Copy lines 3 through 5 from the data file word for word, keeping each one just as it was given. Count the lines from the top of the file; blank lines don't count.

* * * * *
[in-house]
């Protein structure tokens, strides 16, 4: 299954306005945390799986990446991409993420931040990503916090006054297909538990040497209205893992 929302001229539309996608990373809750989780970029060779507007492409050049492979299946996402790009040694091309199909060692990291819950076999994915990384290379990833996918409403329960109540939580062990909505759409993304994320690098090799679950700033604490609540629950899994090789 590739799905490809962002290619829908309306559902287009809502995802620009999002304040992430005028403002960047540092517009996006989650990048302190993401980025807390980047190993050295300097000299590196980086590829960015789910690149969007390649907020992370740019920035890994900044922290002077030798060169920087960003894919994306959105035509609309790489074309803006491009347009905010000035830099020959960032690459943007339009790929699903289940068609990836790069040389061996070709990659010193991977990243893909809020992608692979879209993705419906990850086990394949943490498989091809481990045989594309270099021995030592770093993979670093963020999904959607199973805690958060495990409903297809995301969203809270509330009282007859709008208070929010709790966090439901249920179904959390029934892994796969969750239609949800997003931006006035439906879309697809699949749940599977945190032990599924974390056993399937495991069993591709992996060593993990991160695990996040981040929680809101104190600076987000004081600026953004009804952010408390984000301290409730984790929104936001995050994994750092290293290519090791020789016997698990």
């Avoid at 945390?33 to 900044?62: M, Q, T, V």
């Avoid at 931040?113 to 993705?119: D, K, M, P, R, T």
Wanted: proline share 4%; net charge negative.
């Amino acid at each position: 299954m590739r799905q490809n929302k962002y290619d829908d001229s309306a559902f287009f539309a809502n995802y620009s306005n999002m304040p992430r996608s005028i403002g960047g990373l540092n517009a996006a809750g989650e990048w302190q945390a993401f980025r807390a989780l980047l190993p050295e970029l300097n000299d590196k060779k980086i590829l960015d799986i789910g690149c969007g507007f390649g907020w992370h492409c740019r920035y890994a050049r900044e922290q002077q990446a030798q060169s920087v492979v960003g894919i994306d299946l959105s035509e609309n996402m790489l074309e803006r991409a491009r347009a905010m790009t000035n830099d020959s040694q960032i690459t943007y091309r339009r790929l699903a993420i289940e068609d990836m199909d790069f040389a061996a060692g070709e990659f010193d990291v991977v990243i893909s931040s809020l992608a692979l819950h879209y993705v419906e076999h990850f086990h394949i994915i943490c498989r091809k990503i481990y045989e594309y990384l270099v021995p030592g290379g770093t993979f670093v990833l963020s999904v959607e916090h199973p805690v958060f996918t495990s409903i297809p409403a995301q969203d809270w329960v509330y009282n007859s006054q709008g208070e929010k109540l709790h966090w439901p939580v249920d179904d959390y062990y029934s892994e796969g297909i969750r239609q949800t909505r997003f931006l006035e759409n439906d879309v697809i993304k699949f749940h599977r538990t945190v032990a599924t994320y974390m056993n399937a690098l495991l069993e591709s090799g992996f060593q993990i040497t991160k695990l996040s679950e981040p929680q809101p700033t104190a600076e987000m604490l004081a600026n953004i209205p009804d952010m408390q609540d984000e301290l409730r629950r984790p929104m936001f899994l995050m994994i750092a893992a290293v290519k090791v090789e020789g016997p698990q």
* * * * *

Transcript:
């Avoid at 945390?33 to 900044?62: M, Q, T, V």
């Avoid at 931040?113 to 993705?119: D, K, M, P, R, T």
Wanted: proline share 4%; net charge negative.